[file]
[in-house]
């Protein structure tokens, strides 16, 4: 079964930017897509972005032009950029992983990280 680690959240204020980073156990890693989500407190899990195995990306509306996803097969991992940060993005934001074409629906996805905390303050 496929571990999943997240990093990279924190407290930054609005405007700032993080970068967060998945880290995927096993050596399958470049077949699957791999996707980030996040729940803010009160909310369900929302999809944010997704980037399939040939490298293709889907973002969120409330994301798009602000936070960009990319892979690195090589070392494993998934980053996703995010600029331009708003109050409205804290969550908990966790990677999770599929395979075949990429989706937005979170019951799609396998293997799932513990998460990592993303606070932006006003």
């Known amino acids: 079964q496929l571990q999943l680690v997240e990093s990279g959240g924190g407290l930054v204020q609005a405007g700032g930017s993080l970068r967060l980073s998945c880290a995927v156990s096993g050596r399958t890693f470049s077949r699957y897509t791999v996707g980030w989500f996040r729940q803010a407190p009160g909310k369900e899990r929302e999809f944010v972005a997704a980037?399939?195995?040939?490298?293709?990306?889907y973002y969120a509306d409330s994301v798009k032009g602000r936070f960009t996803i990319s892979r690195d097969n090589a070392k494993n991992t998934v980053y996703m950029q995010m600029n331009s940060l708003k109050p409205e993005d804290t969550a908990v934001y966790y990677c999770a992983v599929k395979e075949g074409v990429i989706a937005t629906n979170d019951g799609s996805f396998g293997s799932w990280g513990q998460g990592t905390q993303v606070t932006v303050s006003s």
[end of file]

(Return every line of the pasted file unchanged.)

[in-house]
């Protein structure tokens, strides 16, 4: 079964930017897509972005032009950029992983990280 680690959240204020980073156990890693989500407190899990195995990306509306996803097969991992940060993005934001074409629906996805905390303050 496929571990999943997240990093990279924190407290930054609005405007700032993080970068967060998945880290995927096993050596399958470049077949699957791999996707980030996040729940803010009160909310369900929302999809944010997704980037399939040939490298293709889907973002969120409330994301798009602000936070960009990319892979690195090589070392494993998934980053996703995010600029331009708003109050409205804290969550908990966790990677999770599929395979075949990429989706937005979170019951799609396998293997799932513990998460990592993303606070932006006003």
């Known amino acids: 079964q496929l571990q999943l680690v997240e990093s990279g959240g924190g407290l930054v204020q609005a405007g700032g930017s993080l970068r967060l980073s998945c880290a995927v156990s096993g050596r399958t890693f470049s077949r699957y897509t791999v996707g980030w989500f996040r729940q803010a407190p009160g909310k369900e899990r929302e999809f944010v972005a997704a980037?399939?195995?040939?490298?293709?990306?889907y973002y969120a509306d409330s994301v798009k032009g602000r936070f960009t996803i990319s892979r690195d097969n090589a070392k494993n991992t998934v980053y996703m950029q995010m600029n331009s940060l708003k109050p409205e993005d804290t969550a908990v934001y966790y990677c999770a992983v599929k395979e075949g074409v990429i989706a937005t629906n979170d019951g799609s996805f396998g293997s799932w990280g513990q998460g990592t905390q993303v606070t932006v303050s006003s």